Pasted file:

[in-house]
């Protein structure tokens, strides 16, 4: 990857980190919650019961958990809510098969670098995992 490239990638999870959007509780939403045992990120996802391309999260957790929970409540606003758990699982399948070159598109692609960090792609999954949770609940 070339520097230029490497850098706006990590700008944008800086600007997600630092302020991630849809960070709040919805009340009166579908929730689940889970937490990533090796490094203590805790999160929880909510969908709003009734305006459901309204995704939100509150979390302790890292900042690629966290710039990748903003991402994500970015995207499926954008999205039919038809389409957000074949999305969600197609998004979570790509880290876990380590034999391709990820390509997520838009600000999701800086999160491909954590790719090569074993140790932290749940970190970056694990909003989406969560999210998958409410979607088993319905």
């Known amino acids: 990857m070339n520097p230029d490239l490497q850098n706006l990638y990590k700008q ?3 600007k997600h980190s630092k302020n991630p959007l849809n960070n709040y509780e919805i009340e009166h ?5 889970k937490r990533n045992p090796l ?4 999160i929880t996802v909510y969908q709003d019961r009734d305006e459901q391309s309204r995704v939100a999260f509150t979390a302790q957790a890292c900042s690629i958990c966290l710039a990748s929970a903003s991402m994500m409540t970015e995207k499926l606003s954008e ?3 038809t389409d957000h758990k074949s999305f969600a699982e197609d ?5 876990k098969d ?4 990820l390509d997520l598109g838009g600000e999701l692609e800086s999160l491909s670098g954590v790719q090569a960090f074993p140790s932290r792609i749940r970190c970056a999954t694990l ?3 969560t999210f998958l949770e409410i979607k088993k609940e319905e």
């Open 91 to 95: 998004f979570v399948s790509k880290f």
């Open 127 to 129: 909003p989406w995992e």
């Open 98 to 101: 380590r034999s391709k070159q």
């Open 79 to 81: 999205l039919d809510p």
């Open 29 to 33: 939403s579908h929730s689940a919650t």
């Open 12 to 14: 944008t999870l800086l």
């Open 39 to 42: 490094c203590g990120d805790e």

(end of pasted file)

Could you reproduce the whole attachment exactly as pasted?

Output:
[in-house]
């Protein structure tokens, strides 16, 4: 990857980190919650019961958990809510098969670098995992 490239990638999870959007509780939403045992990120996802391309999260957790929970409540606003758990699982399948070159598109692609960090792609999954949770609940 070339520097230029490497850098706006990590700008944008800086600007997600630092302020991630849809960070709040919805009340009166579908929730689940889970937490990533090796490094203590805790999160929880909510969908709003009734305006459901309204995704939100509150979390302790890292900042690629966290710039990748903003991402994500970015995207499926954008999205039919038809389409957000074949999305969600197609998004979570790509880290876990380590034999391709990820390509997520838009600000999701800086999160491909954590790719090569074993140790932290749940970190970056694990909003989406969560999210998958409410979607088993319905």
């Known amino acids: 990857m070339n520097p230029d490239l490497q850098n706006l990638y990590k700008q ?3 600007k997600h980190s630092k302020n991630p959007l849809n960070n709040y509780e919805i009340e009166h ?5 889970k937490r990533n045992p090796l ?4 999160i929880t996802v909510y969908q709003d019961r009734d305006e459901q391309s309204r995704v939100a999260f509150t979390a302790q957790a890292c900042s690629i958990c966290l710039a990748s929970a903003s991402m994500m409540t970015e995207k499926l606003s954008e ?3 038809t389409d957000h758990k074949s999305f969600a699982e197609d ?5 876990k098969d ?4 990820l390509d997520l598109g838009g600000e999701l692609e800086s999160l491909s670098g954590v790719q090569a960090f074993p140790s932290r792609i749940r970190c970056a999954t694990l ?3 969560t999210f998958l949770e409410i979607k088993k609940e319905e």
């Open 91 to 95: 998004f979570v399948s790509k880290f």
């Open 127 to 129: 909003p989406w995992e």
């Open 98 to 101: 380590r034999s391709k070159q």
């Open 79 to 81: 999205l039919d809510p």
């Open 29 to 33: 939403s579908h929730s689940a919650t």
């Open 12 to 14: 944008t999870l800086l």
């Open 39 to 42: 490094c203590g990120d805790e």